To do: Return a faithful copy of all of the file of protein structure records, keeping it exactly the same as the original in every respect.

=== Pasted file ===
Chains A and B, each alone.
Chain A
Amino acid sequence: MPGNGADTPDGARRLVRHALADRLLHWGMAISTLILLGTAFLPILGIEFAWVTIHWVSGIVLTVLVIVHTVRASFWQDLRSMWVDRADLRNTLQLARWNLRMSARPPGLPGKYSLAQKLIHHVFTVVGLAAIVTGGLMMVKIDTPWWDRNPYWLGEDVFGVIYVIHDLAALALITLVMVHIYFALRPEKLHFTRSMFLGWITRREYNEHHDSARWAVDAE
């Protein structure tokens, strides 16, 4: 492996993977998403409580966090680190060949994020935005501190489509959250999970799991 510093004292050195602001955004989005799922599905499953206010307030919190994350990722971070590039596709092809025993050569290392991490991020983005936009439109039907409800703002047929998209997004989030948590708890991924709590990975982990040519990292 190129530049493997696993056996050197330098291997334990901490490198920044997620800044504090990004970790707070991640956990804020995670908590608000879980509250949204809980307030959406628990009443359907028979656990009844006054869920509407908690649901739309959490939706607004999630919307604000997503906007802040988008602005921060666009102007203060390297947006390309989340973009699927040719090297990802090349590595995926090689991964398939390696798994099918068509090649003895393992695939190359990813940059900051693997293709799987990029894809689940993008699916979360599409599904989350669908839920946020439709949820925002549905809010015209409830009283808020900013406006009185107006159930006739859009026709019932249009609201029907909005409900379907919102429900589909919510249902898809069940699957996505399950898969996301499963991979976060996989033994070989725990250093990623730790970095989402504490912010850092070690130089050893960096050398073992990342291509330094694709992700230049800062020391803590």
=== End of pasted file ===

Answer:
Chains A and B, each alone.
Chain A
Amino acid sequence: MPGNGADTPDGARRLVRHALADRLLHWGMAISTLILLGTAFLPILGIEFAWVTIHWVSGIVLTVLVIVHTVRASFWQDLRSMWVDRADLRNTLQLARWNLRMSARPPGLPGKYSLAQKLIHHVFTVVGLAAIVTGGLMMVKIDTPWWDRNPYWLGEDVFGVIYVIHDLAALALITLVMVHIYFALRPEKLHFTRSMFLGWITRREYNEHHDSARWAVDAE
């Protein structure tokens, strides 16, 4: 492996993977998403409580966090680190060949994020935005501190489509959250999970799991 510093004292050195602001955004989005799922599905499953206010307030919190994350990722971070590039596709092809025993050569290392991490991020983005936009439109039907409800703002047929998209997004989030948590708890991924709590990975982990040519990292 190129530049493997696993056996050197330098291997334990901490490198920044997620800044504090990004970790707070991640956990804020995670908590608000879980509250949204809980307030959406628990009443359907028979656990009844006054869920509407908690649901739309959490939706607004999630919307604000997503906007802040988008602005921060666009102007203060390297947006390309989340973009699927040719090297990802090349590595995926090689991964398939390696798994099918068509090649003895393992695939190359990813940059900051693997293709799987990029894809689940993008699916979360599409599904989350669908839920946020439709949820925002549905809010015209409830009283808020900013406006009185107006159930006739859009026709019932249009609201029907909005409900379907919102429900589909919510249902898809069940699957996505399950898969996301499963991979976060996989033994070989725990250093990623730790970095989402504490912010850092070690130089050893960096050398073992990342291509330094694709992700230049800062020391803590």